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No. 43: Jan-Feb 1986

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Underground Weather

Most residents of central Oregon can tell you tales about winds blowing out of the ground, about roaring and whistling sounds emanating from their wells, and of mysterious holes in the winter snow on Mount Bachelor. Central Oregon is geologically young and plastered with lava flows and cinder cones. It is like a sponge, with many cubic miles of holes, air channels, and open fissures. The air in this rocky sponge is usually on the move in response to changes in atmospheric pressure. The earth absorbs air during barometric highs and expels it during lows. In some spots the expelled air is captured to cool homes during the summer. In the High Cascades, though, the underground winds pose hazards to skiers by creating blowholes in the snow.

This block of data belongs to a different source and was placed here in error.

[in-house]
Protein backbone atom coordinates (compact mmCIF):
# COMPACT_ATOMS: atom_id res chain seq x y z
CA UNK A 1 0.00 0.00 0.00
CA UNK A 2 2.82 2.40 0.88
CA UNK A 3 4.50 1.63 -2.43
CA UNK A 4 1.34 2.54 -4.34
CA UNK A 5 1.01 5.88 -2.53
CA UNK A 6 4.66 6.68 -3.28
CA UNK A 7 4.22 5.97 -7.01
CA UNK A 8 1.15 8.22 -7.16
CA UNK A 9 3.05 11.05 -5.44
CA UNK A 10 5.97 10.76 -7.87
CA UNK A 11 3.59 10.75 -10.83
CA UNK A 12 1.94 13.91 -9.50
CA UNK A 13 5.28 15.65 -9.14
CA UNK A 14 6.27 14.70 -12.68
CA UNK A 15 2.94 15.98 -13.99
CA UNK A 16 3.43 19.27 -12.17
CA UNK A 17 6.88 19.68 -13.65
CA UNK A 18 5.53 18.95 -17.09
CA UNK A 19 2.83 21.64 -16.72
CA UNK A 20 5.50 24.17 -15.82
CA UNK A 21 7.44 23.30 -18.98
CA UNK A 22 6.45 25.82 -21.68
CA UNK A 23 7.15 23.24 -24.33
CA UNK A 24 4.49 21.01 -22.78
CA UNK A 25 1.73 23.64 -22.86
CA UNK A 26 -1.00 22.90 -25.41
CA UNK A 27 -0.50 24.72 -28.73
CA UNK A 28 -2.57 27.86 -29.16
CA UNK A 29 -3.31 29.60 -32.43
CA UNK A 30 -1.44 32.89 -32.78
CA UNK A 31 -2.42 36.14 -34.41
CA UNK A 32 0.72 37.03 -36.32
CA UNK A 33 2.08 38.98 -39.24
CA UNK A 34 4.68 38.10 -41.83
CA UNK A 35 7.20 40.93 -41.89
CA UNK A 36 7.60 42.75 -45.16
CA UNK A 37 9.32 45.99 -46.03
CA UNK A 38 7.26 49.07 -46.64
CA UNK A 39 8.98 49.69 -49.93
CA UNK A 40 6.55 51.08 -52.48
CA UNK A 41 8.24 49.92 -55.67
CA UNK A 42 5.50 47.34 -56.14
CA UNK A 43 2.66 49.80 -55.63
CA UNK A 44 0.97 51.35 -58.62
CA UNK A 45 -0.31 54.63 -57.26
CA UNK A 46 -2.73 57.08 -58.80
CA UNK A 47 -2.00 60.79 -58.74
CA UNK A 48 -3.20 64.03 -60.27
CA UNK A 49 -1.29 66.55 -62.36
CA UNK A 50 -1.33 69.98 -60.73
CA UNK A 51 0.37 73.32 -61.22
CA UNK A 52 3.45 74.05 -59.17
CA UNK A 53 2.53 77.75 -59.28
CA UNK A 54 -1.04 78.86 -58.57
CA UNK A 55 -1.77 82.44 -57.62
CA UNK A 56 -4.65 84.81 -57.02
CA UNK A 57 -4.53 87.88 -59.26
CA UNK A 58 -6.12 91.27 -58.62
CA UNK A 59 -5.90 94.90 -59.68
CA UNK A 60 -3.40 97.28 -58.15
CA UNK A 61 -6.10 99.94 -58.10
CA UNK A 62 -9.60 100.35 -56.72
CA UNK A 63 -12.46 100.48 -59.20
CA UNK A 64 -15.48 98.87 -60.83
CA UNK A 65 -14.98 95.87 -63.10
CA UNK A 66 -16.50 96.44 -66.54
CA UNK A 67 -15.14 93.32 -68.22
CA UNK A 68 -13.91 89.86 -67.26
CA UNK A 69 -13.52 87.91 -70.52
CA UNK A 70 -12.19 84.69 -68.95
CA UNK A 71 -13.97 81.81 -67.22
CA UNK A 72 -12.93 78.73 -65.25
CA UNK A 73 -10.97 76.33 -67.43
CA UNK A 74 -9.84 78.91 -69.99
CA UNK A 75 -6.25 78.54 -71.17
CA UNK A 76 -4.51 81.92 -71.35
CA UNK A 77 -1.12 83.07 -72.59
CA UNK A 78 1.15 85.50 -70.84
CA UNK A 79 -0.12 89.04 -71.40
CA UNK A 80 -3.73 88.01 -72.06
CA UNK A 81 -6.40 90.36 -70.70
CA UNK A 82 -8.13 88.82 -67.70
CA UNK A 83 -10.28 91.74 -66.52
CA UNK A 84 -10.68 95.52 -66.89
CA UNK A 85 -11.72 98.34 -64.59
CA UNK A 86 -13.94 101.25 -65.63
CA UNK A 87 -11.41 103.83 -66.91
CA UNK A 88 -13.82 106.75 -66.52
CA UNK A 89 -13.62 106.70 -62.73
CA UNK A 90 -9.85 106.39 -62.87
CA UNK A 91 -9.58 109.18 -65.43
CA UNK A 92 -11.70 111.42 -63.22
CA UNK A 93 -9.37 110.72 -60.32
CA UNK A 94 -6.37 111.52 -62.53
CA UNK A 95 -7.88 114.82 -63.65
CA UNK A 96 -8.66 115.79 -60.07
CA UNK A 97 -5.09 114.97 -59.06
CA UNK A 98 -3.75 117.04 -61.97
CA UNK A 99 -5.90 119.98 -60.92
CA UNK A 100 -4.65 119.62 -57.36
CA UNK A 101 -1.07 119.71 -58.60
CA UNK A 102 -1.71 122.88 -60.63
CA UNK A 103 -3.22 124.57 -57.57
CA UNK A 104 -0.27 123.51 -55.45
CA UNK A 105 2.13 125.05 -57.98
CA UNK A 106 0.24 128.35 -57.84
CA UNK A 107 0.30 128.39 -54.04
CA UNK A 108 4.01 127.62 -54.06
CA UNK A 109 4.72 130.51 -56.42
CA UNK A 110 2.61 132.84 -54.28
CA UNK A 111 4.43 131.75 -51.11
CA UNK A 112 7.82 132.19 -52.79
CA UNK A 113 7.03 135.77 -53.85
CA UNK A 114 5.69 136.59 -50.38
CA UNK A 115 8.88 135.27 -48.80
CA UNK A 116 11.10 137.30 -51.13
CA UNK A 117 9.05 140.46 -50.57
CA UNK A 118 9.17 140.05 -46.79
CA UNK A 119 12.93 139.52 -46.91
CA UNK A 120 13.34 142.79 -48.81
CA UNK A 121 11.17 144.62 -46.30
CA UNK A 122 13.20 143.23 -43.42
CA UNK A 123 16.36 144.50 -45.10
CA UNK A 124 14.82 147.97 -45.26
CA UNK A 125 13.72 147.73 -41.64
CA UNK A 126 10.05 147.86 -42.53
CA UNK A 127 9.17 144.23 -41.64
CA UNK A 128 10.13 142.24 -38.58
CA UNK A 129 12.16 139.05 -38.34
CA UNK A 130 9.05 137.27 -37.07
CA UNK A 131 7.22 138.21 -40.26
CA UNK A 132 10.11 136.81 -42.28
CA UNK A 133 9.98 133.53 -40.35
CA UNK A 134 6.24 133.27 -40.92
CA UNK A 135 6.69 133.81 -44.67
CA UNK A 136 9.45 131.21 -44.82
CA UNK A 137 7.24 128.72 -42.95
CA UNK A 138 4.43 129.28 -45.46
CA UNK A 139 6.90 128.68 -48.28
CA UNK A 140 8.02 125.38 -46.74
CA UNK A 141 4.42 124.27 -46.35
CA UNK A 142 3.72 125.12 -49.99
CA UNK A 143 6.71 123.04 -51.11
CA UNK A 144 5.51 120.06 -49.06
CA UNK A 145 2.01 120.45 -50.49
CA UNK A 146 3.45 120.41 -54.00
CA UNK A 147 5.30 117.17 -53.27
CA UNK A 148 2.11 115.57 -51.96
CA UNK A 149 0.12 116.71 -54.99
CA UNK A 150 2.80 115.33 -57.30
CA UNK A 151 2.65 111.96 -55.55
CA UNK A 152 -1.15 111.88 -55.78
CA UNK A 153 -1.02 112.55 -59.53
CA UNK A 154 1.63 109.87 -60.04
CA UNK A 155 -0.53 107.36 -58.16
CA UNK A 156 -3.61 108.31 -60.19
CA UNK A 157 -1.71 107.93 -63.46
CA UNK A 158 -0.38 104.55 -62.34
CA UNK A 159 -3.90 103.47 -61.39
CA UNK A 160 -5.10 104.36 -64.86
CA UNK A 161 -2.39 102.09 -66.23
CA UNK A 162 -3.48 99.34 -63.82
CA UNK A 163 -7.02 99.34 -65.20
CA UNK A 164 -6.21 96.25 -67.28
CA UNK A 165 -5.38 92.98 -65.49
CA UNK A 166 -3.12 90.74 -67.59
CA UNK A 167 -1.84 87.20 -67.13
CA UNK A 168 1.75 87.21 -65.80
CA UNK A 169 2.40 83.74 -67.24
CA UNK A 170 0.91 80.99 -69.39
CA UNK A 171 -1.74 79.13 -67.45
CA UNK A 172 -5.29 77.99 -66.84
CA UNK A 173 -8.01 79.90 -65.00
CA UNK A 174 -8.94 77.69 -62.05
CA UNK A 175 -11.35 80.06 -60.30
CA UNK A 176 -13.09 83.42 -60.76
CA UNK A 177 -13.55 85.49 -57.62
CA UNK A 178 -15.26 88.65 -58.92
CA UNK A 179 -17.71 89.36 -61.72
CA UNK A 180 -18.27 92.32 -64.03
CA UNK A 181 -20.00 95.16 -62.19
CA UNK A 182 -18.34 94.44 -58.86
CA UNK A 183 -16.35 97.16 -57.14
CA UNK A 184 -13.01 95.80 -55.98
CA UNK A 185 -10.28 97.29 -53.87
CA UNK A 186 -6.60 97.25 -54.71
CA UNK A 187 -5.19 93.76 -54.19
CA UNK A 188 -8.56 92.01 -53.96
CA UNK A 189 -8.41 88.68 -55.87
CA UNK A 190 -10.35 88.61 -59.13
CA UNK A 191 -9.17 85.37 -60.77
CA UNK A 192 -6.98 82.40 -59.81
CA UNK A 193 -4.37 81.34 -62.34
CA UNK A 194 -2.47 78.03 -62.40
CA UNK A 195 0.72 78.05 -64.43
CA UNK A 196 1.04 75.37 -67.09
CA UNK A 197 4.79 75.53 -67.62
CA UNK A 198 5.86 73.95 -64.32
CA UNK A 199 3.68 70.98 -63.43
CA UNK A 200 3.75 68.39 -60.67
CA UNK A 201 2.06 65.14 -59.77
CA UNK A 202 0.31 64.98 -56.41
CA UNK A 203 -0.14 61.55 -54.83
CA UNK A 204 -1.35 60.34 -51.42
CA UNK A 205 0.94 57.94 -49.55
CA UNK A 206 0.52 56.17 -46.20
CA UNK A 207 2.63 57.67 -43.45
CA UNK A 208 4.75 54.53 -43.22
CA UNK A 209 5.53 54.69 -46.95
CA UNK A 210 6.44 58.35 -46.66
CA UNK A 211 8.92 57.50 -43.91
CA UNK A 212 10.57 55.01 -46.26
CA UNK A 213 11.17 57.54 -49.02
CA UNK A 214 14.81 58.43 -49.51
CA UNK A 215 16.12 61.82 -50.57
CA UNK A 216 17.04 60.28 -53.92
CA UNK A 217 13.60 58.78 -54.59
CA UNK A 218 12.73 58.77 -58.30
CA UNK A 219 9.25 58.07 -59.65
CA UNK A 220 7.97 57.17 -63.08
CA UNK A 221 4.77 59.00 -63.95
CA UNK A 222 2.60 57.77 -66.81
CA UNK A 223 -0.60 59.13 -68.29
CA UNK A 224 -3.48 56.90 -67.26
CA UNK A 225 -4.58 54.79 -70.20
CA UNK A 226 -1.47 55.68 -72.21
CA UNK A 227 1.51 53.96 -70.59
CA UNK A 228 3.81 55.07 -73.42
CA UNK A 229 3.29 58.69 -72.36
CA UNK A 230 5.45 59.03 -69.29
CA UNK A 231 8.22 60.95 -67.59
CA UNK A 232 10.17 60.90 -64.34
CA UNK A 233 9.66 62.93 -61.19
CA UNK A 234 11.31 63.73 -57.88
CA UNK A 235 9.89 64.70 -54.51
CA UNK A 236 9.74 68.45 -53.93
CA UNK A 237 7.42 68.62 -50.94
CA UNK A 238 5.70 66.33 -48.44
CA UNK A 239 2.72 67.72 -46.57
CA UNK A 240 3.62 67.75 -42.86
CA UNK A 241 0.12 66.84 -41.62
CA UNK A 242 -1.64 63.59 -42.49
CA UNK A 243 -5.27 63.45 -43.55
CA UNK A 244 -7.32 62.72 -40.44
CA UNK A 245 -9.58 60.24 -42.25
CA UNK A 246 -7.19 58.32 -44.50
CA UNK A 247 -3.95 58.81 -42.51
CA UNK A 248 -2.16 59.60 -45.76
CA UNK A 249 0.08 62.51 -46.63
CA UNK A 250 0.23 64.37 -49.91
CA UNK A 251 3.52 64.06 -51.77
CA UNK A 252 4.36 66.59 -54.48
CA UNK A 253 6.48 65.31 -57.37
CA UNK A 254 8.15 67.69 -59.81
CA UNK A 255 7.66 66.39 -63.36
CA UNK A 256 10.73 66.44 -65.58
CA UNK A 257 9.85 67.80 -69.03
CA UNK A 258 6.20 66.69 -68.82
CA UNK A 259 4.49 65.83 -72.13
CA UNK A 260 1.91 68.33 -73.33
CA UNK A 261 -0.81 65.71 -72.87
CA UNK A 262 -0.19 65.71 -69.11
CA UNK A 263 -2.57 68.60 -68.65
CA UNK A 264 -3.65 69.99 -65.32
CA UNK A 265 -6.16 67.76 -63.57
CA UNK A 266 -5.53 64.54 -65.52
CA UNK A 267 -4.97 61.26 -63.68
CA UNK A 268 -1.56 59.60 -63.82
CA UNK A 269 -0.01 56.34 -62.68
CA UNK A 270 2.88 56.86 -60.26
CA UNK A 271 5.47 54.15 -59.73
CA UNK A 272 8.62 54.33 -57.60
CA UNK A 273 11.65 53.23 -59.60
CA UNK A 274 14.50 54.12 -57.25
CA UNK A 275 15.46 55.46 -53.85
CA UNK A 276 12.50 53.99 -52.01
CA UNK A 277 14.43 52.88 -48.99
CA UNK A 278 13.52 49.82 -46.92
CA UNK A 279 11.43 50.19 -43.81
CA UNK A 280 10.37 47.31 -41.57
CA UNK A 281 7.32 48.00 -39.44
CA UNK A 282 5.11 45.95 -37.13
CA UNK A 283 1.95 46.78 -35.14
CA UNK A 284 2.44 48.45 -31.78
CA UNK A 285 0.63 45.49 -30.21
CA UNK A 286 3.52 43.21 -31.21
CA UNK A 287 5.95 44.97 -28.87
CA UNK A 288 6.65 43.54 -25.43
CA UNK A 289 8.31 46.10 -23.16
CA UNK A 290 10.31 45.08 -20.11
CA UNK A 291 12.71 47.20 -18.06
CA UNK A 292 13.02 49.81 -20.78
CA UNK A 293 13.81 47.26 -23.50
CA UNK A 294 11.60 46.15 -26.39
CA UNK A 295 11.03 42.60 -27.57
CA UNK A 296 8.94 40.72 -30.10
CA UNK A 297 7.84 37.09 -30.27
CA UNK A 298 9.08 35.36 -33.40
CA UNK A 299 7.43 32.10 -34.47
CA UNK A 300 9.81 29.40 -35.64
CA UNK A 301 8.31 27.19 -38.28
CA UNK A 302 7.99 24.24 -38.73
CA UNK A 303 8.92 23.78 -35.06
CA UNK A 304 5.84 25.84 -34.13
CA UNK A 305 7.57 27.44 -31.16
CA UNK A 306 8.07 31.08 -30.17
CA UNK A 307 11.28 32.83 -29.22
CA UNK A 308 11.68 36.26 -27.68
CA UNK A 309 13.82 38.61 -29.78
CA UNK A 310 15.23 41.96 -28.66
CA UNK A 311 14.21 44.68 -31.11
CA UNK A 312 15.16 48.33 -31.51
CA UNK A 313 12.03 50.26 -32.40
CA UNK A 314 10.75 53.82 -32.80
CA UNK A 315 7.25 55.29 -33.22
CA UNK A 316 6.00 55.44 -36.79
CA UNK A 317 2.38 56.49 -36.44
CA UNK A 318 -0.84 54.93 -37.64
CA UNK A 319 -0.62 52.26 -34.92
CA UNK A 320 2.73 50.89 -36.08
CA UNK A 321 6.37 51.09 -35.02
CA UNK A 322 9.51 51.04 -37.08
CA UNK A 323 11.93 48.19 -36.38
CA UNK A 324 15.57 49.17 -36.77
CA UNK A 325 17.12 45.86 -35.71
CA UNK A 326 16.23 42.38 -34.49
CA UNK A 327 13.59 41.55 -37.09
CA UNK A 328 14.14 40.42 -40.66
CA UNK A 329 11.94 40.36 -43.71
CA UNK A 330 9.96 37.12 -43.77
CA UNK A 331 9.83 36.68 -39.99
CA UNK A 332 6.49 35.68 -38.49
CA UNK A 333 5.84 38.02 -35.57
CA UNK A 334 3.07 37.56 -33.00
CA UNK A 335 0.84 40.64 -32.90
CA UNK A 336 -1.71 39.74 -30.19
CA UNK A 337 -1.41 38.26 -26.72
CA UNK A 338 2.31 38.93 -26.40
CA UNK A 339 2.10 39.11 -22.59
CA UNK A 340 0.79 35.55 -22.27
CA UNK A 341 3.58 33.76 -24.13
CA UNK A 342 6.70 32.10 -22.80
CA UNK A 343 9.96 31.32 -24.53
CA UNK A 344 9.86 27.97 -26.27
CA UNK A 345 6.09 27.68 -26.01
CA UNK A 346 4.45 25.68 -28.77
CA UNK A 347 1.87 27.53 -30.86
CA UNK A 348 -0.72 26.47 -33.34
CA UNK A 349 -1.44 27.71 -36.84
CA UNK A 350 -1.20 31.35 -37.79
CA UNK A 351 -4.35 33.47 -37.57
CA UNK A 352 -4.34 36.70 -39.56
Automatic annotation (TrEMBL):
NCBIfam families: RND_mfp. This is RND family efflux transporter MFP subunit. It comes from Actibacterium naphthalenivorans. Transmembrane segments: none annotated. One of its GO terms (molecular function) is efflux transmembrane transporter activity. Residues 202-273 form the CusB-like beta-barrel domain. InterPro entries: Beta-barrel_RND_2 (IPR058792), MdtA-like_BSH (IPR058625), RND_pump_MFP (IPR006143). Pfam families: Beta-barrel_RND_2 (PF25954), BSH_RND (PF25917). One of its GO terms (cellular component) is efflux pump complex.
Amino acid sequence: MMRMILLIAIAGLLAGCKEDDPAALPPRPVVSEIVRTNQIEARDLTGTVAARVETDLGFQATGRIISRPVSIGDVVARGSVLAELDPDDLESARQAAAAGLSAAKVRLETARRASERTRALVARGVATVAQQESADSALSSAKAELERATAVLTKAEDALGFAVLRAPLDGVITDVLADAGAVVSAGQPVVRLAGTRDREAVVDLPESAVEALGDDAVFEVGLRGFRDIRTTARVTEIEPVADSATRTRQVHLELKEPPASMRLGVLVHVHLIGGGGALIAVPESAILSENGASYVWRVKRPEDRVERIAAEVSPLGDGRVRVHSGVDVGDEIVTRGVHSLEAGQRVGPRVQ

These blowholes are actually mildly anomalous because they blow out a gentle 40F breeze regardless of the barometric pressure. Some of Oregon's blowing caves also "breath" without re gard to barometric pressure. Also, the water wells north of Fort Rock Basin often blow for days during periods of high barometric pressure -- times when they should be taking air in.

(Chitwood, Larry; "Central Oregon's Underground World Filled with Wind That Roars, Whistles," The Oregonian, Octo ber 3l, 1985. Cr. R. Byrd)

Comment. See category GHG2, in Earthquakes, Tides, Unidentified Sounds, for material on blowing wells, etc. This catalog volume is described here.

From Science Frontiers #43, JAN-FEB 1986. 1986-2000 William R. Corliss